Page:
ion--shows a negative relationship with both measures of air pollution, a finding that is contrary to our initial hypothesis. Furthermore, Tables 7.4 and 7.5 provide scant support for our form-of-government hypotheses: Only in the percent black analysis is one form of city government--the council-manager arrangement--related in hypothesized fashion to air pollution.
The effects of state-level measures produce scattered and inconsistent results. State-level environmental interests are related, in hypothesized fashion, only to fugitive air TRI releases in the percent Hispanic analysis. Legislative professionalism, in the percent black analysis of stack air TRI releases, does diminish this form of air pollution; partisanship, in the same equation, is related to stack air TRI releases in the hypothesized fashion.
Table 7.6 arrays the results of our analysis of lead TRI releases to the environment in U.S. cities. Once again, columns 1 and 2 contain the full and reduced equations for the percent black population; columns 3 and 4 array similar equations for the percent Hispanic population.
Table 7.6 confirms the existence of a race-based inequity for the percent black population: Cities with large black populations have higher levels of lead TRI releases. Yet the relationship between the Hispanic population and lead TRI releases is opposite to the initial hypothesis. Once again, however, Table 7.6 does reveal class-based inequities with regard to TRI releases, and both the percent black and percent Hispanic analyses reveal no support for the political-mobilization hypothesis. Furthermore, the pollution potential measure performs as anticipated; however, the mayor-council form of government in the percent black equation is related to lead TRI releases in a fashion contrary to the initial hypothesis.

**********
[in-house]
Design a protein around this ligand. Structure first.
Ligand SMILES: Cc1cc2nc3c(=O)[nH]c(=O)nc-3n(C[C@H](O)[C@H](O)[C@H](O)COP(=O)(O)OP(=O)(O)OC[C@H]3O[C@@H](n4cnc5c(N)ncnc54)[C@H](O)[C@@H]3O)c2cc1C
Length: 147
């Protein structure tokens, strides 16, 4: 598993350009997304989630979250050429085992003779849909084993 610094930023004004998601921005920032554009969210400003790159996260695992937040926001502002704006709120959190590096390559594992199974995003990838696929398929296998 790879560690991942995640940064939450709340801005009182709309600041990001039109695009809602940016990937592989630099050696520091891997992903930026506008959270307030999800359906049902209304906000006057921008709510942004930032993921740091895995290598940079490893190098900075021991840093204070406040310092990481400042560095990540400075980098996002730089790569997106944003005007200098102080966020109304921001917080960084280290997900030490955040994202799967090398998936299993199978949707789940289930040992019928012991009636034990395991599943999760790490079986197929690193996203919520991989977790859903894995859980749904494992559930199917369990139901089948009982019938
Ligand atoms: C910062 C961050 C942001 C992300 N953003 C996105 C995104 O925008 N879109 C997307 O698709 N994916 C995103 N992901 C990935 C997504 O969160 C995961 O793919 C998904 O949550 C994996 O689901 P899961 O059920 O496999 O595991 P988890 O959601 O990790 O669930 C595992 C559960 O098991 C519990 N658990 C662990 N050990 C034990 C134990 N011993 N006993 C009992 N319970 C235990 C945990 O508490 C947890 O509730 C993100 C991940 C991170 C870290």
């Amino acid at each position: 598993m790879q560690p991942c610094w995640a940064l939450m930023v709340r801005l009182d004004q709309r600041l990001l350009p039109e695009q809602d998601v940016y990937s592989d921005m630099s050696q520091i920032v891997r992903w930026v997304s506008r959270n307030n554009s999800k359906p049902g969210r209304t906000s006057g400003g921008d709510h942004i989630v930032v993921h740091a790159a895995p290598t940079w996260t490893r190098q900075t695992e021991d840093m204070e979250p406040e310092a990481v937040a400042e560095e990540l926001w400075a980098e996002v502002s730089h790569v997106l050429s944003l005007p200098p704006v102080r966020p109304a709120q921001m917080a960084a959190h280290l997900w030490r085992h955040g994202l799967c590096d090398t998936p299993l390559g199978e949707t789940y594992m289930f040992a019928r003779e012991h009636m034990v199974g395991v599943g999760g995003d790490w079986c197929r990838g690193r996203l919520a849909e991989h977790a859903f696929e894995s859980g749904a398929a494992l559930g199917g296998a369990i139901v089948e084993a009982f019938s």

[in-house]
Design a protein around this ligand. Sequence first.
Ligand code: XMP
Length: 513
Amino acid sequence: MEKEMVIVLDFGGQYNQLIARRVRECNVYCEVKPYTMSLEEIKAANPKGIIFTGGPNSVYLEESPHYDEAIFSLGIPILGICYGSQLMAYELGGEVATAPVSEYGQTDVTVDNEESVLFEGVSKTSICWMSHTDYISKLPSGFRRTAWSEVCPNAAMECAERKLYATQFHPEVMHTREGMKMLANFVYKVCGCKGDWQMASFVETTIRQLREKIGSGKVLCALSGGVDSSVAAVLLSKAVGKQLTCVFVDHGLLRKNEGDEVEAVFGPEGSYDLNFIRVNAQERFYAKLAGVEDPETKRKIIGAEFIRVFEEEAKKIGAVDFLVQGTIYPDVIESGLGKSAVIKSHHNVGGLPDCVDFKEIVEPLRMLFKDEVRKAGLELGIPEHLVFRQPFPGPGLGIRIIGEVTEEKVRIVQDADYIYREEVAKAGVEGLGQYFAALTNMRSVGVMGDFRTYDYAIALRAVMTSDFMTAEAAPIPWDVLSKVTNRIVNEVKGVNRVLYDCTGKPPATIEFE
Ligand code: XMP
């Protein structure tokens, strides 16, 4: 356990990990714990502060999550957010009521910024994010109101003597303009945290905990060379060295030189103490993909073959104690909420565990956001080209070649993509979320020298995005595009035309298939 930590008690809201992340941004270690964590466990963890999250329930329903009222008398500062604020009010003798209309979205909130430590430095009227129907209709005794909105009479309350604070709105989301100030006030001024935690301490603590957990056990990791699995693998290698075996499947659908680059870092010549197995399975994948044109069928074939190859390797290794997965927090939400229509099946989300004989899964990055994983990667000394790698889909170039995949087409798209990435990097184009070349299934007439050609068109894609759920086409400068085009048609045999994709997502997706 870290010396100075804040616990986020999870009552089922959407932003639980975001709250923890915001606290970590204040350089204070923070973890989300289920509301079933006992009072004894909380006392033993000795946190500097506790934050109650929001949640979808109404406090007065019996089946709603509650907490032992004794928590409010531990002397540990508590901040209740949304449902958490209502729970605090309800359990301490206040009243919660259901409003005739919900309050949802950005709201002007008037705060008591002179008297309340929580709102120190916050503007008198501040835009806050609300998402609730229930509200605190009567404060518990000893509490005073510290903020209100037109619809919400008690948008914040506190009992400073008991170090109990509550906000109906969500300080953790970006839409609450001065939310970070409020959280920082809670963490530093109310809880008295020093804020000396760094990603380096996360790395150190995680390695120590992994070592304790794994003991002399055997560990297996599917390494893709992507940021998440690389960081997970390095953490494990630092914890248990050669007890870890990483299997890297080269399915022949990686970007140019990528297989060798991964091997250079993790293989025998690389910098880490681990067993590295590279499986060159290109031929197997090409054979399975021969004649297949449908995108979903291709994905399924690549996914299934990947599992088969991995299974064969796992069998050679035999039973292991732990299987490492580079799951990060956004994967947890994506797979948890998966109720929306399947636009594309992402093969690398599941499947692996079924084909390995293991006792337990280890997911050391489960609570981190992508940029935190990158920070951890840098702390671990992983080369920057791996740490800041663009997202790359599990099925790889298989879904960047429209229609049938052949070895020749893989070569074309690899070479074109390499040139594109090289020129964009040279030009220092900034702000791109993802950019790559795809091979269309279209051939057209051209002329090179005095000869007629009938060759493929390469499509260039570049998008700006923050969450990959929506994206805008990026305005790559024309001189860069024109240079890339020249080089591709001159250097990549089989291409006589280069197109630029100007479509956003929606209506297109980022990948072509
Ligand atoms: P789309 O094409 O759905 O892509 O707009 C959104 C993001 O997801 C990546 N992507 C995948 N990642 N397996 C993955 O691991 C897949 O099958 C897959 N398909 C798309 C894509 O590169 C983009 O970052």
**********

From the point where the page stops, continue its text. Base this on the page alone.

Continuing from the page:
Our state-level measures provide sparse and, in one instance, contradictory results. Both the state-level environmental interests and partisanship measures are related, in hypothesized fashion, to lead TRI releases. However, in the percent Hispanic equation, the moralistic culture measure is related to lead TRI releases in a fashion that is contrary to the initial hypothesis.
This chapter has assessed race, class, and political mobilization explanations for 1993 toxic-release measures in 79-84 percent of U.S. cities with populations in excess of 50,000 people. We began the analysis with a simple three- concept model and then tested the three concepts in competition with other well-known explanations for environmental hazards. Our simple tripartite model produced some interesting results. For the percent black equation (Table 7.1), we found evidence to confirm race-based environmental injustice in all four instances. Yet the simple equations that focused on the Hispanic population (Table 7.2) did not produce any evidence to confirm race-